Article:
Active applications to build third-generation nuclear-power units in the U.S. dropped rapidly. In states with deregulated electricity markets, none survive. Utilities operating as unregulated merchant power generators proved unwilling to accept financial risks at prices being proposed–with or without loan guarantees. Only utilities continuing to function as government-backed monopolies maintained interest. Of 34 proposed new nuclear-power units, as named in 2007, only four units are now active–all using the Westinghouse AP-1000 design. Two are under construction at the Summer plant in South Carolina, and two are at the Vogtle plant in Georgia–the 1980s poster child for cost overruns. These projects took the federal loan guarantees, emptying the pot.

Propping up survivors: Odd as it might sound, Andrew Cuomo (D, New Castle), the New York governor opposed to the Indian Point nuclear power-plant in Buchanan, NY, has arranged subsidies funded by electricity customers to prop up four other nuclear-power units in the state. Estimated only a few months ago at perhaps $200 million over about ten years, the subsidies are now widely reported as likely to cost $8 billion or more. Within days Exelon, which already owned three of the units, announced a plan to buy the fourth from Entergy. Exelon is able to economize by sharing personnel, now the main expense of running nuclear plants fully depreciated years ago.

Operating New York nuclear-power units

610 MW Ginna Ontario, NY opened 1970
838 MW FitzPatrick Scriba, NY opened 1975
621 MW 9-Mile Point 1 Scriba, NY opened 1974
1140 MW 9-Mile Point 2 Scriba, NY opened 1987
1032 MW Indian Point 2 Buchanan, NY opened 1974
1051 MW Indian Point 3 Buchanan, NY opened 1976

Source: U.S. Nuclear Regulatory Commission

FitzPatrick and 9-Mile Point 1 used the Mark 1 “boiling water” containment design, the same as Vermont Yankee, Pilgrim and the wrecked Fukushima Dai-ichi units in Japan. If the two plants in New England deserved to be shuttered, then so do FitzPatrick and 9-Mile Point 1. However, unlike the many, longstanding critics of nuclear power in southern Vermont and eastern Massachusetts, in upstate New York very few people are demanding action on hazards their region faces. There are no signs that the Cuomo administration has genuine concerns about such hazards either, aside from personally and politically motivated attention to the Indian Point plant, located less than 15 miles from the governor’s home.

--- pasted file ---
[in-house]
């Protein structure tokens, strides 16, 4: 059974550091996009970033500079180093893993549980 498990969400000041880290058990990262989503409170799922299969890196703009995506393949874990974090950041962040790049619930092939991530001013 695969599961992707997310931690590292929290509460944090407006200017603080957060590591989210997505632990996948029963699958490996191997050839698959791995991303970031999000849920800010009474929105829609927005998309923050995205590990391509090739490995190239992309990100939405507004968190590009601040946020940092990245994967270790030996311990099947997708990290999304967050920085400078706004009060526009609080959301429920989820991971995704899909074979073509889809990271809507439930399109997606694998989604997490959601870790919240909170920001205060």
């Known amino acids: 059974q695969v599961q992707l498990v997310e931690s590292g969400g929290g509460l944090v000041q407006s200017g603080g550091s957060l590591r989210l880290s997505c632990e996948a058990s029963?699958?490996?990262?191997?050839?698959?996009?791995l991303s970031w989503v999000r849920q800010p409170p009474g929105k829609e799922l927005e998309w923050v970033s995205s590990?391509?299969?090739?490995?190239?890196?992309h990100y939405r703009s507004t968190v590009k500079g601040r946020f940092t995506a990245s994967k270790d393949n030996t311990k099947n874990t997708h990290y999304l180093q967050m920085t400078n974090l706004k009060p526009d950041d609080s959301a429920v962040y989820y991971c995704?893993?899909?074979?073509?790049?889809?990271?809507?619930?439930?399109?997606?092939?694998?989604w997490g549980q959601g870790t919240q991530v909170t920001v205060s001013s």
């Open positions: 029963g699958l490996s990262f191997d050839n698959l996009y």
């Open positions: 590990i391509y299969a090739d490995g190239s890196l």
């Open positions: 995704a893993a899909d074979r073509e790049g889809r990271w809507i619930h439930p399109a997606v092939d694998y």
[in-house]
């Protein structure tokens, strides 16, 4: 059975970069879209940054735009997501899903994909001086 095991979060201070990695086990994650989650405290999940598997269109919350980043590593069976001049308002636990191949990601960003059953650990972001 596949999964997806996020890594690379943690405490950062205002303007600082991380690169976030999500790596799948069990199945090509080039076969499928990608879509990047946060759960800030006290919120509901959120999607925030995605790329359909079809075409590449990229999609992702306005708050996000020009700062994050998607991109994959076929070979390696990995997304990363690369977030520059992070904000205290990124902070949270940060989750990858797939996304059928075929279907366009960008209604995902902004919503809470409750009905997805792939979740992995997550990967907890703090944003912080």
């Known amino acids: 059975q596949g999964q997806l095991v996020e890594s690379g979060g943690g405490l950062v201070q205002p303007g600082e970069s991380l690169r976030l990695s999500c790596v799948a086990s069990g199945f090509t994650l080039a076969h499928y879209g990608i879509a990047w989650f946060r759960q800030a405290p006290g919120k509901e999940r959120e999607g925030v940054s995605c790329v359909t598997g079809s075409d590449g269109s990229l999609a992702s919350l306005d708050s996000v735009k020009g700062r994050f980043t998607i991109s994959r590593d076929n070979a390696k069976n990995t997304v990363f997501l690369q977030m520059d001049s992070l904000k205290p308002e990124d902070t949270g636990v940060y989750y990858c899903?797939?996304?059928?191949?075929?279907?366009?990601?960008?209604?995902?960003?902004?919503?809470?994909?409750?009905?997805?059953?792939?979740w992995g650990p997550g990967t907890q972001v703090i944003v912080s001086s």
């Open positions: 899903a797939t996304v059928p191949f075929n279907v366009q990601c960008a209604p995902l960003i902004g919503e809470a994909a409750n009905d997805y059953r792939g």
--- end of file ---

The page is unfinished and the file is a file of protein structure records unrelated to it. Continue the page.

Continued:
News from New York government sources has been the usual, opaque OCA blarney–officials covering arses–but obviously money spoke. A tiny fraction of $8 billion could fund a huge legacy of political campaigns. However, despite long entrenched corruption, Illinois governments rebuffed Exelon solicitations this year. Mr. Cuomo invoked environmental saviors to buttress his cause–notably James Hansen, a Columbia professor. Joined by three less well known partners, Dr. Hansen occupied a New York Times pulpit in November, 2013, to present a prayer for nuclear power. It was, the four then claimed, “the only viable path forward on climate change.”

Others disagreed. As the late Michael Mariotte of Nuclear Information and Research Service wrote, “No environmental organization took the bait. Instead, NRDC, Greenpeace, Friends of the Earth and Sierra Club decry nuclear power….” According to Morningstar, in an investment newsletter issued a week after the Hansen prayer, “Enormous costs, political and popular opposition, and regulatory uncertainty” render new reactors infeasible [as recounted in Forbes]. Low costs for nuclear power occurred only before nuclear disasters of the 1970s and 1980s, leading to stringent and costly safety regulations, and under repressive oligarchies, ignoring lessons from the disasters. Outside command economies of Russia, China and South Korea, only two of several “third generation” nuclear designs are being implemented: the AP-1000 in the U.S. and the EPR in Europe.